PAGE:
Question;Practice case Managerial accountingNon-GradedStage OneA history of Humble PiesHumble Pies, Inc. is the genius of childhood neighbors and best friends Linda Jackson and TaylorJohnson. Though almost inseparable through high school, the two parted ways after graduation?Lindaheading abroad to study the art of pasty making in some of the most elite patisseries in Paris, and Taylorpursuing his love of food (especially bacon) by landing jobs in some of the finest restaurants in theirhometown of Charlotte, N.C.A chance encounter back in 2005 reunited the two and got them talking of their mutual love of food andwhat they?d been learning. Soon they were spending their free time crafting quirky but sophisticated (notto mention delicious) pies?passing them out to friends and family, and building a grassroots fan basearound town. When the operation outgrew the Jackson family kitchen, Linda and Taylor applied for a smallbusiness loan. With it, they bought a small pie factory in Charlotte and became the proud owners of a60,000 square?foot facility where they now produce high?quality pies.A couple years ago, as demand for the pies grew to a national market (thanks to the company?s Instagramaccount), the co?owners hired a new Controller, a CPA with her Chartered Global ManagementAccountant (CGMA) designation from their CPA firm to help them continue to grow and stay profitable.Now they just landed their largest grocery store yet. In 2013, the company had $6.1 million in salesrevenue and is on track to do $9.3 million this year.Humble Pies uses natural and organic ingredients, and combines Linda?s Parisian techniques withTaylor?s unexpected takes on classical southern desserts like Bacon Chocolate Chess, Avocado Key Limeand Chai Apple Pie. It offers three main product lines:Singles, as the name suggests, are a single serving, ready to eat on a plate.9?inch pies are pre?sliced and sold to distributors for food service applications or grocery in?storebakery cases.10?inch pies are packed in strong, clear plastic domes to be sold in refrigerated cases and withcustom labels. The pies are available as a variety pack, a duo?pack (two different flavors) or a fullpie.Linda and Taylor love getting feedback from their fans and are always testing new recipes based onsuggestions or grocer suppliers? needs. They often receive requests from food chains for different typesand sizes of pies, and must decide which ones to accept and which ones to pass on.Pie productionNaturally, Linda and Taylor can?t reveal their recipes, but they have provided some details on how the piesare made. Most pies go through a general four?step process: mixing, filling, baking and packaging. HumblePies makes five different crusts mixed in large batches, and fillings are produced in smaller batchesdepending on the production schedule. Next, crusts are filled with, well, the filling and placed on trays forPage 1baking (15 to 25 at a time depending on size). After they?ve cooled for an hour, pies are decorated, sliced,packaged and labeled and placed on pallets to freeze until shipped. It takes about a week to complete a pieproduct order and the plant uses just?in?time production methods. The goal is to produce a pie every fiveseconds.Since contaminated food would lead to a visit by the Health Department (and possibly shutting down thefactory), there are at least three sanitation workers on duty at all times. Generally, there are 3?4warehouse workers on duty to handle the shipping, receiving and storage of raw materials and finishedproduct. The plant typically runs two shifts per day with two production supervisors assigned to each shift.For each of the three product lines, the process is virtually the same regardless of the flavors oringredients. But the processes between the product lines can be very different (e.g., packaging for varietypacks takes much longer than for whole pies because workers need to pull different flavor slices and placethem on the same tray). Not to mention the packaging varies?some go in boxes while others go in plasticcontainers, and some package tops and labels take longer to place than others. Humble Pies seldom placesits own labels and logo on any of their products. Label designs generally come from the customer, so theyvary based on each order.The plant currently has capacity to do $1 million in sales per month, but with additional investments inovens, mixers and workstations (for about $500,000) it could increase to $1.5 million. October throughDecember tends to be a higher volume period (with increased demand for holidays like Thanksgiving andNew Year?s), resulting in Humble Pies getting roughly 60% of its business during that time period. Becauseof the rush, the plant runs overtime and weekend shifts as needed to get the product to its suppliers. Theowners believe the labeling process significantly slows down production time.ReportsHumble Pies? managers rely heavily on a ?Labor Report? to manage its work force. The report lists eightsalaried workers and approximately 50 hourly employees, expected number of work days for the month,hours per day (typically 8) and total projected hours for the month. The hours are multiplied by theemployee pay rate (from $8.50?$12.50 per hour) to get expected monthly gross pay amount for each hourlyemployee based on a 40?hour workweek.The sum of all expected hourly employee gross monthly pay amounts are added to the salaried productionworkers gross monthly pay and the projected total payroll added costs (Employer taxes, Social Security,etc.) to get ?total labor dollars? cost for the month. The total labor dollars are divided by projected salesrevenues to get a ?projected labor percentage.? Management watches this number pretty closely and triesto keep it around 20% of sales. In the past, it was assumed that labor costs for the company did notchange with sales volume, and some months were profitable and some were not. Currently, Humble Pies?managers adjust labor hours up or down depending on the demand for pies and try to keep the projectedlabor near 20% of sales.Costing IssuesLinda and Taylor are skilled at determining the cost of ingredients, but when it comes to labor and theoverhead of each product line, they?re not sure where to start. At the moment, Humble Pies allocates thesame amount of overhead costs to every output unit. While total labor averages 20%, they believe that laborand overhead costs vary greatly by product. And, since the company does not currently track labor hours byproduct, Linda and Taylor have no idea of labor cost or profitability by product line. A digital biometric timeclock keeps track of hours for the employees, but management is open to asking shiftPage 2workers to track their hours by job or batch. Taylor and Linda?s primary concern is making sure there isa good reason to change the method and that there?s a simple and low?cost way to track it.The company has a small but growing administrative staff that can do some basic record keeping while theController manages financial reporting, taxes and decision analysis, a skill she developed while working towardher CGMA designation. The Controller has asked for help determining a product costing system Humble Piescan use for pricing decisions, product line profitability analysis, financial planning and helping managersunderstand the business. But costs are only one component. The company currently bases pricing decisions onthe ?three C?s?: cost, consumer and competition. As a bare minimum, the company wants to achieve a target17% gross profit margin (or higher) on cost, but Linda and Taylor consider what a consumer is willing to pay themost important factor in pricing. They want to be sure to keep Humble Pies competitive with other companies.Table 1 provides selected actual cost and revenue data for May 2014. Additional information about costs canbe found in the Notes to Selected Financial Data below.Table 1: Selected Financial Data (actual cost and revenue data for May 2014)Cost Category Behavior May 2014Sales $766,667Expenses:Raw Materials Variable $327,934Bakery labor Mixed $158,767Administration Salaries Fixed $41,367Supplies Variable $3,833Freight & Shipping?In Variable $4,907Freight & Shipping?Out Variable $64,707Utilities ? Electricity Variable $9,813Utilities ? Gas (ovens) Variable $3,067Water Variable $920Repairs & Maintenance Fixed $4,293Rent expense Fixed $19,167Telephone & Internet Fixed $2,300Co?owners? salary Fixed $25,300Brokers? commissions Variable $30,667Total Expenses $697,042Operating Profit $69,625Income Tax $22,280Net operating income $47,345Unit volume 64,500Average Operating Assets $5,500,000Minimum Rate of Return 8.00%Page 3Notes to Selected Financial DataRaw Materials: Includes main ingredients and flavor additives. Main ingredients are relatively highercost items such as flour, sugar, eggs, nuts and fruit that appear on the package label. Flavoradditives are relatively low?dollar cost items and a small part of the weight of the pie such as spices,dyes, salt, and certain oils that don?t always appear on the package label.Bakery labor: The cost amount consists of 22% supervisory salaries and taxes and the rest hourlyworkers. Bakery labor workers are organized into four categories: production line (mixing, filling andbaking), packaging, sanitation and warehouse (all included as part of cost of goods sold).Administration Salaries: Includes taxes and benefits for the Vice President of Operations,the Controller, Human Resources Manager and two administrative support people.Supplies: Includes supplies relating to production, packaging and decorating, sanitation andwarehouse (think: adhesive, pastry bags, spatulas, scrapers, icing pens, gloves and so on).Freight & Shipping?In: The costs of shipping raw ingredients and other materials to the factoryfrom suppliers.Freight & Shipping?Out: The costs of shipping finished products to customer locations anddistribution centers.Utilities Electricity: Approximately 10% for administrative office and the remainder for the factory.The factory portion varies somewhat with production volume.Utilities Gas (ovens): Approximately 5% for administrative office and the remainder for the factory. Thefactory portion varies somewhat with production volume.Water: All for the factory and varies proportionately with production volume.Repairs & Maintenance: All for the factory.Rent expense: The factory uses about 85% of the total square footage of the building andthe remainder is for the administrative office.Telephone & Internet: All for the administrative office.Co?owners? salary: Linda Jackson and Taylor Johnson.Brokers? commissions: Generally 4% of sales.Income Tax: Average total tax rate is 32%.Page 4Practice assignmentLinda and Taylor are asking several firms to provide a proposal recommending what type of costingapproach will help them determine more accurate cost information for Humble Pies? pricing and productdecisions. Your firm has been invited to provide a proposal. In no more than 1,000 words, write anexecutive summary addressing the following questions (charts and tables with numerical values andcalculations will not be included in the word count):1. What information does Humble Pies need? Before recommending a cost system, it is helpfulto understand a company?s information needs. Based on case information, discuss the types ofcost information Humble Pies? product costing system should be able to provide.2. Of the expenses listed in Table 1, determine which should be treated as product costs and whichshould be treated as period costs for management decision making?3. For each product cost you identified, how would you track the cost? For example, would youtrack it by individual job, batch, production step, activity, general factory overhead, etc.?Separate raw materials into main ingredients and flavor additives. Also, separate bakery laborinto four categories: production line (includes mixing, filling and baking), packaging, sanitationand warehouse.4. For each specific cost item you listed in question 3, how would you assign that cost to products toattain reasonably accurate product costs? For example, would you compute standard costs, traceit specifically to a customer order, or assign it using an allocation base (and identify the allocationbase you would use). Again, separate raw materials into main ingredients and flavor additives.Page 5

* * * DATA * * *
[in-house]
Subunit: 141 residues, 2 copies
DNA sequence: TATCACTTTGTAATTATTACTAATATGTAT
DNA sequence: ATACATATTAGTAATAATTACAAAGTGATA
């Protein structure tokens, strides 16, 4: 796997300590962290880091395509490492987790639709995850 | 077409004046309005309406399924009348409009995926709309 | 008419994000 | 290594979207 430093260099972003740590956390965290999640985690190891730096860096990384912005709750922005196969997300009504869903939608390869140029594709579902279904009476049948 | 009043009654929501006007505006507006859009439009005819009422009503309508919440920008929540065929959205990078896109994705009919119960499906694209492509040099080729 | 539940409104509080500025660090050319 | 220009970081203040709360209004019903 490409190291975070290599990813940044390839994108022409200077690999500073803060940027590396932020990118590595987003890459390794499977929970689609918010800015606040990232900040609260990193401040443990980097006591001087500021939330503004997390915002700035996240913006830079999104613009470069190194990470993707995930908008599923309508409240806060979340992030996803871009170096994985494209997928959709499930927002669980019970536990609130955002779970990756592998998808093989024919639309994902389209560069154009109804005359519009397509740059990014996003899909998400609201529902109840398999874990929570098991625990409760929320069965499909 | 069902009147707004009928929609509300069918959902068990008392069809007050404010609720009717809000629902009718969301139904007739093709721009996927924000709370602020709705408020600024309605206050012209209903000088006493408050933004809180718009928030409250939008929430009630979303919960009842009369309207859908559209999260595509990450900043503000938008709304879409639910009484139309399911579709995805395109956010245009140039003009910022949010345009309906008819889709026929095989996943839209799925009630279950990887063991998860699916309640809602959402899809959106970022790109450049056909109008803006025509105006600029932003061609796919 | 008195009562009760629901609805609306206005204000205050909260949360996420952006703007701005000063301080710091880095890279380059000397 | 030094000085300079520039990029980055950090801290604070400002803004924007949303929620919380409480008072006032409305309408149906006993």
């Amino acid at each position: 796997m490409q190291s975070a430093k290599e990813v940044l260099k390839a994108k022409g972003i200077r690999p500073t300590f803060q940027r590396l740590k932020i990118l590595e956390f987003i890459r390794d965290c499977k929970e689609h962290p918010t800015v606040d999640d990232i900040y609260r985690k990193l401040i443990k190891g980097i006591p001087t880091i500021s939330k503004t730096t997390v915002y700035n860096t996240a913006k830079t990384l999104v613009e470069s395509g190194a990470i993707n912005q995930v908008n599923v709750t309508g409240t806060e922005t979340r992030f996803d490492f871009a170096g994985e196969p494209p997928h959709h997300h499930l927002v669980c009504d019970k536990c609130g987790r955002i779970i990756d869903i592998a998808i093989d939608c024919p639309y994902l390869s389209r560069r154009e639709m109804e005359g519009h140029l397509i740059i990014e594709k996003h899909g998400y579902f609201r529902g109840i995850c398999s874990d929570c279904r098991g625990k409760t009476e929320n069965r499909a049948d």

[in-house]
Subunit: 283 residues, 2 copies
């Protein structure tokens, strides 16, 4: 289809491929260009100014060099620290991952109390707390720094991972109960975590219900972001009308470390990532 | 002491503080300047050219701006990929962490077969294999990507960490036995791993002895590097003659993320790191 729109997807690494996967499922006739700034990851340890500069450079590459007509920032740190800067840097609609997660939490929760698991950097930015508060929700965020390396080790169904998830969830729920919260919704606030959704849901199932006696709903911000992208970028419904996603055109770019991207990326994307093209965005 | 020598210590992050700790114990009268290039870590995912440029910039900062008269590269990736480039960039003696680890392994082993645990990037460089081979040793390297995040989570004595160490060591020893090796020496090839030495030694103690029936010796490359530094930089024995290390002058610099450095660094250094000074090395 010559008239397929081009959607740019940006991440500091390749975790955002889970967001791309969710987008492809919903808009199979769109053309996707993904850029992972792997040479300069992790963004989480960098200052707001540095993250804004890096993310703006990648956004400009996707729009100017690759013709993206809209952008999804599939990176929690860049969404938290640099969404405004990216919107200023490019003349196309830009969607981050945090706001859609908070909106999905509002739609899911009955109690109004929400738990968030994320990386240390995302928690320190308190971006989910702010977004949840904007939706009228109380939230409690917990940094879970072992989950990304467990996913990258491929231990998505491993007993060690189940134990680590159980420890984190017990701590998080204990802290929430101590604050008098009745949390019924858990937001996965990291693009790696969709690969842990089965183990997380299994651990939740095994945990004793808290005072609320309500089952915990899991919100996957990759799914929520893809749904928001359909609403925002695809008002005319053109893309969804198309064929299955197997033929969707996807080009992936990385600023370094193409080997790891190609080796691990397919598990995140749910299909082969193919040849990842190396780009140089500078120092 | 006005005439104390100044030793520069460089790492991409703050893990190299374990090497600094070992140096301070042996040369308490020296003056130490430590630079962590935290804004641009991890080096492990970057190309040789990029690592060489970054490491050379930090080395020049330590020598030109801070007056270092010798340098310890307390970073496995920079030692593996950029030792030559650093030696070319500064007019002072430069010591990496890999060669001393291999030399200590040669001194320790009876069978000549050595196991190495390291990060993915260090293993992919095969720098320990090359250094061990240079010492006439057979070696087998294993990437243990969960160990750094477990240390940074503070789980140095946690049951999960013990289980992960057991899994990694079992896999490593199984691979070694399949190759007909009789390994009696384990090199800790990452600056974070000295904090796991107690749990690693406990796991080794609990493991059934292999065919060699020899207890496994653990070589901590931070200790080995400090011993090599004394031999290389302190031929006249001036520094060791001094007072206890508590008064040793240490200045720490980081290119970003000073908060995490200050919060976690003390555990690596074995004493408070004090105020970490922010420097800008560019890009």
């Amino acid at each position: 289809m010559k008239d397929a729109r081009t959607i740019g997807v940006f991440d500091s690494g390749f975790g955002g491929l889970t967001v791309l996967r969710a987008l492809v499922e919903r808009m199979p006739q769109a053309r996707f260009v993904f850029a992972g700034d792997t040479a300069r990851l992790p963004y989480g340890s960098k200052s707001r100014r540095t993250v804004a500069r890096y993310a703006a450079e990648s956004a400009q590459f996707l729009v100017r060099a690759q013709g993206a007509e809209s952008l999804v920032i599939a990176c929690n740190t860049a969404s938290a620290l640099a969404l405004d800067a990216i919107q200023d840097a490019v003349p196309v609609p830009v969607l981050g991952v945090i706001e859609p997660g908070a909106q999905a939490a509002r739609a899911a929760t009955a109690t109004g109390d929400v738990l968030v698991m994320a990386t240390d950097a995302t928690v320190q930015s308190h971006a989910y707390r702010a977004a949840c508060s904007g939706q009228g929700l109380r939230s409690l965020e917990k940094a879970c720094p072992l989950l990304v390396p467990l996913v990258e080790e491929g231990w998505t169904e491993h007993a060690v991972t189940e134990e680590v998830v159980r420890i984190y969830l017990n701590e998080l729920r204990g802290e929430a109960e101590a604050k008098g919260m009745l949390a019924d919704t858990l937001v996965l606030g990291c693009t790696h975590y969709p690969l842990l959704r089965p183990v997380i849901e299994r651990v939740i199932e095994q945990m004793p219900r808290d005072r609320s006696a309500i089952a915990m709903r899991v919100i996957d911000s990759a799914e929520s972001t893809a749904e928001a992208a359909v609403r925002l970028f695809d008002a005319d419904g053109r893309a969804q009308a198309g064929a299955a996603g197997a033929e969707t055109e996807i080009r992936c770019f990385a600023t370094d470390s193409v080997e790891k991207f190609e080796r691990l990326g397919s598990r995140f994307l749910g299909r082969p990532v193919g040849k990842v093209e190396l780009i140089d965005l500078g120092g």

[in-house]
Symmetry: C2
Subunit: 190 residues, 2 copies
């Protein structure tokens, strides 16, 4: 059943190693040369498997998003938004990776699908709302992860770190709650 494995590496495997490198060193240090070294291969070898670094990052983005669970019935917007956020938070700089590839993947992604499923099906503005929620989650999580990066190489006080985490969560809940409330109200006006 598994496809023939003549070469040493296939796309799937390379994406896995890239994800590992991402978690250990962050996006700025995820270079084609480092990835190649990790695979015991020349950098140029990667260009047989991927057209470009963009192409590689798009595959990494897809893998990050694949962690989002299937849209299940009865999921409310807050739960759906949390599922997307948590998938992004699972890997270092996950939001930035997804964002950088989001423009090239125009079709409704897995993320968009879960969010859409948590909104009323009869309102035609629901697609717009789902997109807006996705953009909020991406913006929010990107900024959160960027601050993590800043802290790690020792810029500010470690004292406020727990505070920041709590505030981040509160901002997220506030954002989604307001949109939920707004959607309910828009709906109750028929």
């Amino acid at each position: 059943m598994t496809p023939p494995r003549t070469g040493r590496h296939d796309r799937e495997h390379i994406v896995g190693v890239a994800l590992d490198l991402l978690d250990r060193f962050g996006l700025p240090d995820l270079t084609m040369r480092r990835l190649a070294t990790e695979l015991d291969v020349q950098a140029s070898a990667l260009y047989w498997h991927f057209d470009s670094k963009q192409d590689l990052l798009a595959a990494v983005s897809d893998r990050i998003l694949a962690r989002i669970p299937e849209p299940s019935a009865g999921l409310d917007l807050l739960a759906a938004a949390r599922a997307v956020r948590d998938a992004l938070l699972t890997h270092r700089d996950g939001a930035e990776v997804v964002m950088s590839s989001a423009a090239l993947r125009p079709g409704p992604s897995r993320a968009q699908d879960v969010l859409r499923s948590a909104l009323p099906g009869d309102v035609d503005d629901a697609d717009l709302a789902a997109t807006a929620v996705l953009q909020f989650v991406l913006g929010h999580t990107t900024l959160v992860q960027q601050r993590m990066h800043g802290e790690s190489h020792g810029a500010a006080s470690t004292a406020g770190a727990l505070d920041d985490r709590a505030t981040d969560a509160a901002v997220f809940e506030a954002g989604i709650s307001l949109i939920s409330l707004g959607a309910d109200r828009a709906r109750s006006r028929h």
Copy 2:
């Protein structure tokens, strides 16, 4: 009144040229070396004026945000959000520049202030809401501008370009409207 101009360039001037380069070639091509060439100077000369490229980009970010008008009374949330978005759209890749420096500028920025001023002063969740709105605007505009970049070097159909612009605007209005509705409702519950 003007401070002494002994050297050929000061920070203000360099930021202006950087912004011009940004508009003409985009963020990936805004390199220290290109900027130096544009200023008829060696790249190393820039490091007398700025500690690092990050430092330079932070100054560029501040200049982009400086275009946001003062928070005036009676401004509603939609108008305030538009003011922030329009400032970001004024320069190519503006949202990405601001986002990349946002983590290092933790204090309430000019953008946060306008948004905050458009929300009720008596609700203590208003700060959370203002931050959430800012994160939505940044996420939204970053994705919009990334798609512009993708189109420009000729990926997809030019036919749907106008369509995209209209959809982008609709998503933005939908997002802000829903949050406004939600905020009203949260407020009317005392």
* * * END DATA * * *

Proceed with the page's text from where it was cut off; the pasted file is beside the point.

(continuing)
Paper#40405 | Written in 18-Jul-2015

Price : $27
SiteLock